Let’s face it, the negative things in life are far more alluring than the positive. When the current crisis hit, how much more attention was given to videos of sleazy families leaving leaving supermarkets with trolleys piled high with toilet paper rather than communities pulling together and volunteering to help?
You only have to look at the chatter around all fandom’s to see that in the balance of toxicity and optimism, it’s sadly the more destructive elements that get reactions. Last year I was personally gutted when a piece I worked hard on covering Tessa Thompson’s 4% percent challenge to get Hollywood stars to commit to women directed movies, get very little reaction. While I’ve no right to feel entitled to any readership of anything I write (my film blog is primarily to amuse me and anyone who takes the time to check it out is an ecstatically welcomed bonus), but it is soul destroying when you’re positive work is ignored while some dickward with ten followers on twitter will manage to get his proclamation about not liking films directed by women, retweeted and spread around the internet a couple of thousand times (this did indeed happen).
I have theories on why this is, as well as the harm it ultimately causes as well as misconceptions about the make up of most fandoms, and I was going to write a piece about all this. But instead, I’m going to put into practice what I want to preach and spread some positive vibes, by highlighting that for every bitter, vile spewing youtuber broadcasting from their basement there are more fine people who are using access to media in constructive ways to express their passion.
What follows is the work of some good people who’s efforts I really respect for creating content which is a mixture of fun and though provoking insight, and I heartily recommend checking them out.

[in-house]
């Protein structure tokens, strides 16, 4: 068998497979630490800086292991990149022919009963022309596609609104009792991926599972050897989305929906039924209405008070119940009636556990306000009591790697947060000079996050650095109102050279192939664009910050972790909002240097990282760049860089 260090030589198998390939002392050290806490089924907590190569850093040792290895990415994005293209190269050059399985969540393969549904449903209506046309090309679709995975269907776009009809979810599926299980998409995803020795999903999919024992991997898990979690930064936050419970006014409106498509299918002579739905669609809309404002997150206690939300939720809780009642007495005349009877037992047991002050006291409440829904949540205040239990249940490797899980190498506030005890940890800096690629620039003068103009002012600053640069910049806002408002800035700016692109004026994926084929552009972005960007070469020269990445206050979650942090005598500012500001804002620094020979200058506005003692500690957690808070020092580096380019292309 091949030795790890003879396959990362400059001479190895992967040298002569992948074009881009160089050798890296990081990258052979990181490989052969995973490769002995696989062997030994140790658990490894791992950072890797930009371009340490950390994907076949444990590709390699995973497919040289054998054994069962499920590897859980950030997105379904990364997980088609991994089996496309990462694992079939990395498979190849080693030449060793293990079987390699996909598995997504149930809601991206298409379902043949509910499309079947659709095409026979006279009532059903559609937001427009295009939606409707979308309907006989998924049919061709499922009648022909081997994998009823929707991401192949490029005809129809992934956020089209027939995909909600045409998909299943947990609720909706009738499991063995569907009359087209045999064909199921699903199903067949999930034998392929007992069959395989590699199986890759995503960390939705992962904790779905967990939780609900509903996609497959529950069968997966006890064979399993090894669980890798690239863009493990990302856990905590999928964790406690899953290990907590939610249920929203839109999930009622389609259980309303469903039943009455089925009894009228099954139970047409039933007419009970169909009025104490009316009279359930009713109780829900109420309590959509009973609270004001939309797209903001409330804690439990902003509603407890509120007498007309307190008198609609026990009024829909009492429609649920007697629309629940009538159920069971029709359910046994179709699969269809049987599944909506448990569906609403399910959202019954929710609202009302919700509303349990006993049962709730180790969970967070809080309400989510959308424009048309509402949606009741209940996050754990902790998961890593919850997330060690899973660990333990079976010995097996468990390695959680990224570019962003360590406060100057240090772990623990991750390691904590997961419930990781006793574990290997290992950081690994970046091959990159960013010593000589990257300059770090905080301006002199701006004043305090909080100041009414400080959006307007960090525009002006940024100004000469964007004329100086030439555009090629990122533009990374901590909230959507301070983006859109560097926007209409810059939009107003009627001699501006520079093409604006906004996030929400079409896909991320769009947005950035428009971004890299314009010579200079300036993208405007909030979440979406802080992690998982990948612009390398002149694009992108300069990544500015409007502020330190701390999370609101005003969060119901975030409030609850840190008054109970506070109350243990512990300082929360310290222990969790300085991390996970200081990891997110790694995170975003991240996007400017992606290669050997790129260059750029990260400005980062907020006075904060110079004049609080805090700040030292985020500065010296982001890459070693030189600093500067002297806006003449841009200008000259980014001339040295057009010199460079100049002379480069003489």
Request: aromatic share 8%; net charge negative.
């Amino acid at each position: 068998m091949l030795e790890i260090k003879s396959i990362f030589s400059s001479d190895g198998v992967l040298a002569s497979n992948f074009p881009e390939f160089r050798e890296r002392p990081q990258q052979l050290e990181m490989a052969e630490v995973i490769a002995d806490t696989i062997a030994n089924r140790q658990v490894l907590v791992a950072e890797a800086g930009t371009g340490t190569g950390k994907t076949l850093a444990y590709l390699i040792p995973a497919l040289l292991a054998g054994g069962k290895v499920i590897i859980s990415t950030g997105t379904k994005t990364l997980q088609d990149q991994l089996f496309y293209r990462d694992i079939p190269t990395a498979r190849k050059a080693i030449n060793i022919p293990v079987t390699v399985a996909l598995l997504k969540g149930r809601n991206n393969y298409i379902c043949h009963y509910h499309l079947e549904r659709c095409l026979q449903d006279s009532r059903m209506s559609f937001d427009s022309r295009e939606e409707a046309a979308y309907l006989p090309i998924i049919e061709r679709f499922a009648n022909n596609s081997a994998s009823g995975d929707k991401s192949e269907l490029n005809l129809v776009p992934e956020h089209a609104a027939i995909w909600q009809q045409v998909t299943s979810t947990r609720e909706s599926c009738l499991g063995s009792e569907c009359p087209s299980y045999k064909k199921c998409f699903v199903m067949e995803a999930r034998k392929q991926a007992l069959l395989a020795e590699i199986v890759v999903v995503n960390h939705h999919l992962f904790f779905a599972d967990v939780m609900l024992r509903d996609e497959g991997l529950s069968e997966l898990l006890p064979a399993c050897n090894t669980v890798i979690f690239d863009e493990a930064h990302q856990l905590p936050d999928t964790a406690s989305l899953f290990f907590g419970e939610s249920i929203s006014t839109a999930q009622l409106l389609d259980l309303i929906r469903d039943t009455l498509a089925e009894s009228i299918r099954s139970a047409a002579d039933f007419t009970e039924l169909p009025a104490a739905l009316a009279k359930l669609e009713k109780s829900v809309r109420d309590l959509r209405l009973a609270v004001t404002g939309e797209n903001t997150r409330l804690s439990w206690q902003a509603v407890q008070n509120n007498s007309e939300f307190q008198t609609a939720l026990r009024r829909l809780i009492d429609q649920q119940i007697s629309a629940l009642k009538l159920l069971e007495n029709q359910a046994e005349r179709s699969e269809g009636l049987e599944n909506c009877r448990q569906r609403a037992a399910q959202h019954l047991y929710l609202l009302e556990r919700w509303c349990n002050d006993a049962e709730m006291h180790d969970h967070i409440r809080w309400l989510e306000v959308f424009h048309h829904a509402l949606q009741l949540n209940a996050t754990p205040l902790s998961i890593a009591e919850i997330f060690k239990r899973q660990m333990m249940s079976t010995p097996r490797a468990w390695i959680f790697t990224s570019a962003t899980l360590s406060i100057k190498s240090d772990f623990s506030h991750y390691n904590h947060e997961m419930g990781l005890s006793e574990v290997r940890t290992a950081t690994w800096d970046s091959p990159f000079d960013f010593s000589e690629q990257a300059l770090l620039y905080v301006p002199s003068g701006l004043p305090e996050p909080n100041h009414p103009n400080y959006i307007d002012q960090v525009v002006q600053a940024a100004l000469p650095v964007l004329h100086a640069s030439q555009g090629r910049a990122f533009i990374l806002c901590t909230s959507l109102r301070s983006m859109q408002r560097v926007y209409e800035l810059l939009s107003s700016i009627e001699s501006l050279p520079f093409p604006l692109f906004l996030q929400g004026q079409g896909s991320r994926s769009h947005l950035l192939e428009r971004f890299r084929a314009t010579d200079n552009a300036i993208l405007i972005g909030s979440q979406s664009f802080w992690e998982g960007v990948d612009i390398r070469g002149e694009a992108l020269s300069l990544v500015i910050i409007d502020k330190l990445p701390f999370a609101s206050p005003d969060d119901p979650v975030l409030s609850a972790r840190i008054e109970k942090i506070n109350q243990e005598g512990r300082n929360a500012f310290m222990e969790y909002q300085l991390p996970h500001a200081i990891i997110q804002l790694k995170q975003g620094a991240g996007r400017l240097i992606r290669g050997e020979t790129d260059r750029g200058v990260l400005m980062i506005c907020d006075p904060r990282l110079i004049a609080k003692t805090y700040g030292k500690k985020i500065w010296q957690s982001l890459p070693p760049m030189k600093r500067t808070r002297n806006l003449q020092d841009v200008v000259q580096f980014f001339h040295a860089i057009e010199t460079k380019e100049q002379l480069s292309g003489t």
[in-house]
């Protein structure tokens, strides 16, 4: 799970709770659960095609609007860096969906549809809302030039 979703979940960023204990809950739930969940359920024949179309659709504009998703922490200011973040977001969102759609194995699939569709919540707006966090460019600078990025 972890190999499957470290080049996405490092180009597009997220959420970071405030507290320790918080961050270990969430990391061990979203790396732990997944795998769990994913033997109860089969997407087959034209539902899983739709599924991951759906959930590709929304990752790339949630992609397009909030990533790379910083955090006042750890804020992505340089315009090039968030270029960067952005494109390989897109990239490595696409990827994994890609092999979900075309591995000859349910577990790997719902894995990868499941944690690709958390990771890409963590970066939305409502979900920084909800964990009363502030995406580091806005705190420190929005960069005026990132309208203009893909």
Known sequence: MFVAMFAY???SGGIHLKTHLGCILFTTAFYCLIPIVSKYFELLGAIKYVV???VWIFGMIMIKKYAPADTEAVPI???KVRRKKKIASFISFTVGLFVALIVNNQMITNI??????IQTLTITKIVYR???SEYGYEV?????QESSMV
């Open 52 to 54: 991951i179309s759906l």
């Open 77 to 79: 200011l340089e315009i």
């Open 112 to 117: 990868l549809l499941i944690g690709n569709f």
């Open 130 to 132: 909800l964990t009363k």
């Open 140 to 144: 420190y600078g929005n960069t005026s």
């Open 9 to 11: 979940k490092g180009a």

Film Stories Magazine
You see back in the day, tablets were made of paper.
One of the saddest consequences of the rise of digital media is the heavy decline of the actual magazine industry. The simple joy of nipping to the local newsagents once a month for your favourite magazines has fallen to one side thanks to the immediacy of internet “news” sites. Not only have sales suffered but the quality of some magazines has shockingly dipped also. When I recently bought a copy of Empire to accompany me on a train journey I was mortified to see this once quality movie magazine was now littered with bland, blockbuster puff pieces .
Fortunately an avid film writer by the name of Simon Brew wasn’t prepared to watch print die off just yet, and took it upon himself the chance the risky move to launch the first new film magazine in years. Leaving behind Den of Geek which he had built up to be one of the best pop culture sites on the web, he launched Film Stories in late 2018.
Film Stories is a real movie fan’s magazine. You won’t find reviews of Marvel Movies or features on blockbuster franchises here. Instead Film Stories throws it’s weight behind the smaller movies, giving much needed exposure to films where buying a ticket really means a difference. As well as interviews with directors, set reports and nostalgia pieces the magazine is committed to supporting smaller cinemas with features on small local theatres.